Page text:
In other words, Mensch is creating a co-dependency on her so-called information. Mensch is not only presenting followers with the very scenario they want to hear, she is also lulling them into a false sense of complacency over the supposed imminent demise of Trump’s presidency, and distorting public trust in legitimate experts, to boot.

(Though admittedly, the demise of the presidency seems a lot more likely now, after the revelation of Comey’s memo.)

By insisting that we are just hours, days, weeks away from Trump allegedly being indicted or dragged out by the US Marshals, Mensch is basically telling all those who follow her: no work is needed. There is no need to call our electeds; no need to march; no need to demonstrate — we just have to sit back and wait for the legal system to take effect.

But as people wait for her predictions to pan out, the world still continues. Environmental rules continue to be revoked. Health care bills are passed. Trump’s agenda — as chaotic as it is — still keeps moving forward, and real opportunities are being lost to stop any of this, because Mensch’s wish fulfillment premises have gotten in the way of actionable steps, common sense and logic. It is causing real damage to any resistance efforts, and it needs to stop now.

Mensch’s shotgun approach to supposedly imminent stories, is also distorting our ability to trust in genuine expertise. With a flair for pathological narcissism that is reminiscent of other cult-like leaders, Mensch encourages followers to attack, bully and harass anyone who questions her reporting.

By bullying her way into silencing legitimate experts — Luntz is a long-time GOP strategist — Mensch is not only making her followers question genuine (if occasionally partisan) expertise, but also reinforcing the idea that she is again, the only person who can tell followers the truth.

Her actions are not that different from what Trump and the far-right are prone to doing, and the sooner we come to a consensus on this, the better. To paraphrase an argument from professor Tom Nichols, Mensch’s actions are effectively reiterating the ever-growing idea that expertise, specifically media and journalistic expertise in this case, are not essential for discourse.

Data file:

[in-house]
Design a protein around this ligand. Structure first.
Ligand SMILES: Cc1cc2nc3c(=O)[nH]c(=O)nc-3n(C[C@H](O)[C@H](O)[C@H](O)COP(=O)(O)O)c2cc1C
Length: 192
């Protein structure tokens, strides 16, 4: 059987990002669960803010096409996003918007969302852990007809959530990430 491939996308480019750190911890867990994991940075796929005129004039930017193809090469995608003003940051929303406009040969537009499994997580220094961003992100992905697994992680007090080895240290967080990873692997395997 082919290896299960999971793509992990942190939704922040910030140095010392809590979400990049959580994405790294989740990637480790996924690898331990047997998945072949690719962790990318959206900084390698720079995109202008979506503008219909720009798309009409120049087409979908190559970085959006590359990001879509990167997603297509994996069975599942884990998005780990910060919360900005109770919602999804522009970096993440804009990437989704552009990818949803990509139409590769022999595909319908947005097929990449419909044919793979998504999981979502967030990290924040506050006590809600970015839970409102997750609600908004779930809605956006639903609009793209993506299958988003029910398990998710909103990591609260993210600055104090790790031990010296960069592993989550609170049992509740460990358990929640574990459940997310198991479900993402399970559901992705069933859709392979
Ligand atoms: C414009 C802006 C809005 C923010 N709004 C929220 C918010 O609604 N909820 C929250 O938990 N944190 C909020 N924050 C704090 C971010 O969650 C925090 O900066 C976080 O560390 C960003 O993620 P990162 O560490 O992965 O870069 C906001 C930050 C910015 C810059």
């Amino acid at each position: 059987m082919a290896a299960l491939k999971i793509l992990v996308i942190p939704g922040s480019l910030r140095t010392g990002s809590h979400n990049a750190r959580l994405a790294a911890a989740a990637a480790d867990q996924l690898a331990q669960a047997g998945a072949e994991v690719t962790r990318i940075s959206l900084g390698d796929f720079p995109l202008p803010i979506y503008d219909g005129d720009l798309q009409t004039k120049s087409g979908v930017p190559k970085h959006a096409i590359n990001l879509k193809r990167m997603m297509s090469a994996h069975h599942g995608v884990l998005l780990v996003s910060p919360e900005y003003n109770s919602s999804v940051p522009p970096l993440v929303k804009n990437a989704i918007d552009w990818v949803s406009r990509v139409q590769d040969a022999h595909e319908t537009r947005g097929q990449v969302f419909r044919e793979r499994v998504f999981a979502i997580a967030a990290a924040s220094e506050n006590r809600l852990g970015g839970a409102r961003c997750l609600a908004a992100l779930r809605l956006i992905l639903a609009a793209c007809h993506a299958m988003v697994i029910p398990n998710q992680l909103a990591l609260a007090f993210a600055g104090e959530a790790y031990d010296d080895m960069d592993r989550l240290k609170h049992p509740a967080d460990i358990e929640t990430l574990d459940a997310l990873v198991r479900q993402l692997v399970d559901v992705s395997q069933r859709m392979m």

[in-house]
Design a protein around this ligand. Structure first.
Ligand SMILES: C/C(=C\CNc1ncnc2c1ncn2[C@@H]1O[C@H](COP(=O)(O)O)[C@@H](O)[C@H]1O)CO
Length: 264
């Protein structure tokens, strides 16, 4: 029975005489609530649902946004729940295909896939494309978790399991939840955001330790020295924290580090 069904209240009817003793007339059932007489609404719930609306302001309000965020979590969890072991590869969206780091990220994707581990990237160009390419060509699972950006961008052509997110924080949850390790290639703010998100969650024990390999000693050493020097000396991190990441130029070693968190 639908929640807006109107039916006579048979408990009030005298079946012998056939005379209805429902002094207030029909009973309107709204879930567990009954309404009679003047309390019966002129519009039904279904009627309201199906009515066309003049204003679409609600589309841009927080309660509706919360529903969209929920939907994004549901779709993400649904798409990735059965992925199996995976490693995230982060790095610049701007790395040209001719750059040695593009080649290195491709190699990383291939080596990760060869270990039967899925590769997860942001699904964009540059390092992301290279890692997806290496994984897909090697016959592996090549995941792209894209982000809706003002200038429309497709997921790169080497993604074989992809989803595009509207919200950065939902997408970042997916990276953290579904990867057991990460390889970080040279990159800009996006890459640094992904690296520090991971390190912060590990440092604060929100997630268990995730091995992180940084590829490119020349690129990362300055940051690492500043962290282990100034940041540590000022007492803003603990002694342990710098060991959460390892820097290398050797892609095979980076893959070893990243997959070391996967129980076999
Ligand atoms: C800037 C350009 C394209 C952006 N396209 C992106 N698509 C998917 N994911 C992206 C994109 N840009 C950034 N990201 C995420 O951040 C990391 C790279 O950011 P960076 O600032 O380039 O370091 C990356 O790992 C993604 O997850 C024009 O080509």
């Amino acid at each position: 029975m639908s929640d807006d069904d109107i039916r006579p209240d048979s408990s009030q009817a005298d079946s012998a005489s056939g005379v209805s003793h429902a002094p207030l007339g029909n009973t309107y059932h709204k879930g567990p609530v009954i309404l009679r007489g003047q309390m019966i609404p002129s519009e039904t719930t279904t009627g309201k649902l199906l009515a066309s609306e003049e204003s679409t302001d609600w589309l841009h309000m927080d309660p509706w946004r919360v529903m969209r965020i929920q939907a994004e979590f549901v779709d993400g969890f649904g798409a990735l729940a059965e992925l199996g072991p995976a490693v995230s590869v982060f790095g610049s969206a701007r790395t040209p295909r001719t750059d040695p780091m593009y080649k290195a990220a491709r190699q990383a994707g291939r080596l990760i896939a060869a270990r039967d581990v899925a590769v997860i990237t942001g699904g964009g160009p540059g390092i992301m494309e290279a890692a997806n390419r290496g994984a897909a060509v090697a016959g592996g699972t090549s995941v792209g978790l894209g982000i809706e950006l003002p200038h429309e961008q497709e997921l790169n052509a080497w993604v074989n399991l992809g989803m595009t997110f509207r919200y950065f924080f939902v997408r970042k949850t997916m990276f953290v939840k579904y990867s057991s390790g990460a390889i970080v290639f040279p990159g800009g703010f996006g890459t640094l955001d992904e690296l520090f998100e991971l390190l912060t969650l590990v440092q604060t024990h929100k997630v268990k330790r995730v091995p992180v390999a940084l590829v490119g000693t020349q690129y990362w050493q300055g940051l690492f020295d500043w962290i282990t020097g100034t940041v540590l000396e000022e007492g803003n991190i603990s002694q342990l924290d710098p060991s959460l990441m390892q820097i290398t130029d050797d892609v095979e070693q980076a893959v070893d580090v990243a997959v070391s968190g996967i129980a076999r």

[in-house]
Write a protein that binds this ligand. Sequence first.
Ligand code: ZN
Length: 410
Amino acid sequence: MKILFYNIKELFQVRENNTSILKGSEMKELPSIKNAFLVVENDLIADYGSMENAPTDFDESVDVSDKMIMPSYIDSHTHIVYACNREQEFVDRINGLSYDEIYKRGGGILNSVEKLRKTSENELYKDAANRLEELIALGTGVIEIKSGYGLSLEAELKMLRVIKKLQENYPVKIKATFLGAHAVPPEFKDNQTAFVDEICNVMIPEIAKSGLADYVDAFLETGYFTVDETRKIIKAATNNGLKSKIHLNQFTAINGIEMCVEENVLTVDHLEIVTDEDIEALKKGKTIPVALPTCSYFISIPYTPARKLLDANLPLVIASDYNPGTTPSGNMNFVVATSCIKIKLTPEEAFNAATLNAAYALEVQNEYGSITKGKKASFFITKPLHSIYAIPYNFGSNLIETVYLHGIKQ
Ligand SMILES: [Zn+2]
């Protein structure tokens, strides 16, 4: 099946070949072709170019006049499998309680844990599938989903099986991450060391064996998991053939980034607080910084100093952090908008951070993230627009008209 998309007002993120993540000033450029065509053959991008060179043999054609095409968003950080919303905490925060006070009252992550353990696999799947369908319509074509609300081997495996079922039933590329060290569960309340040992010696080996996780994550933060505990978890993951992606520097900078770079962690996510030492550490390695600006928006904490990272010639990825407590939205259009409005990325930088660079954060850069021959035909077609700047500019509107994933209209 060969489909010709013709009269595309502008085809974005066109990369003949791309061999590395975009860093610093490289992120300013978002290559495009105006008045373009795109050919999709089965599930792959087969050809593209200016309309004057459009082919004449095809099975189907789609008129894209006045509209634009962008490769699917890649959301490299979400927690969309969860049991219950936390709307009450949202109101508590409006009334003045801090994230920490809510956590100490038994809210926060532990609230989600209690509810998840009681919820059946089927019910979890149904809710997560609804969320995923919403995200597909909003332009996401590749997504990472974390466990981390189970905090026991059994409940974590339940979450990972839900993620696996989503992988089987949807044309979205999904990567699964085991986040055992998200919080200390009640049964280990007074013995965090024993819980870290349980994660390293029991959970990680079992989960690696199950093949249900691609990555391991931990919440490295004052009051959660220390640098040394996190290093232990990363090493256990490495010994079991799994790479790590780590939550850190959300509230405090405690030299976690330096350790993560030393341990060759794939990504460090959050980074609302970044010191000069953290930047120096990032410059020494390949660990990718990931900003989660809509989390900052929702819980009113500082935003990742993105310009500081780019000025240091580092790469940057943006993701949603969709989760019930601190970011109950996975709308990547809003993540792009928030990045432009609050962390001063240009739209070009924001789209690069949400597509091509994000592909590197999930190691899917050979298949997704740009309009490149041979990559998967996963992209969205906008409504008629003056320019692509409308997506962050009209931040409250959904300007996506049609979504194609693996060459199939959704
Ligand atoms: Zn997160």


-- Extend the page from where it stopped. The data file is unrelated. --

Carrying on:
We prosper because we specialize, developing formal and informal mechanisms and practices that allow us to trust one another in those specializations and gain the collective benefit of our individual expertise.
If that trust dissipates, eventually both democracy and expertise will be fatally corrupted, because neither democratic leaders nor their expert advisers want to tangle with an ignorant electorate. At that point, expertise will no longer serve the public interest; it will serve the interest of whatever clique is paying its bills or taking the popular temperature at any given moment. And such an outcome is already perilously near.

There is too much at stake, to let a single person’s questionable intentions continue to errode our fight against Trump, and our ability to protect our democracy. We have to do better, and we have to keep fighting on our own merits.

So the next time you see Mensch or anyone Mensch-like come across your feed, ask yourself these questions that I have reiterated on Twitter often:

  1. What’s their level of expertise?
  2. What gives them the authority to say certain things about a subject?
  3. What’s their motivation in telling you [insert story here]?
  4. Are they telling you something true, or just something you really want to hear about Trump and the White House?
  5. If said Twitter pundit really worked in said field, would they really speak like that?
  6. If they’re credible, are other outlets reaching out for guest pieces, etc?
  7. If they aren’t, is it because these outlets see something you don’t?

The fight against the Trump White House is still looking like a longer battle. Be smart in your approach.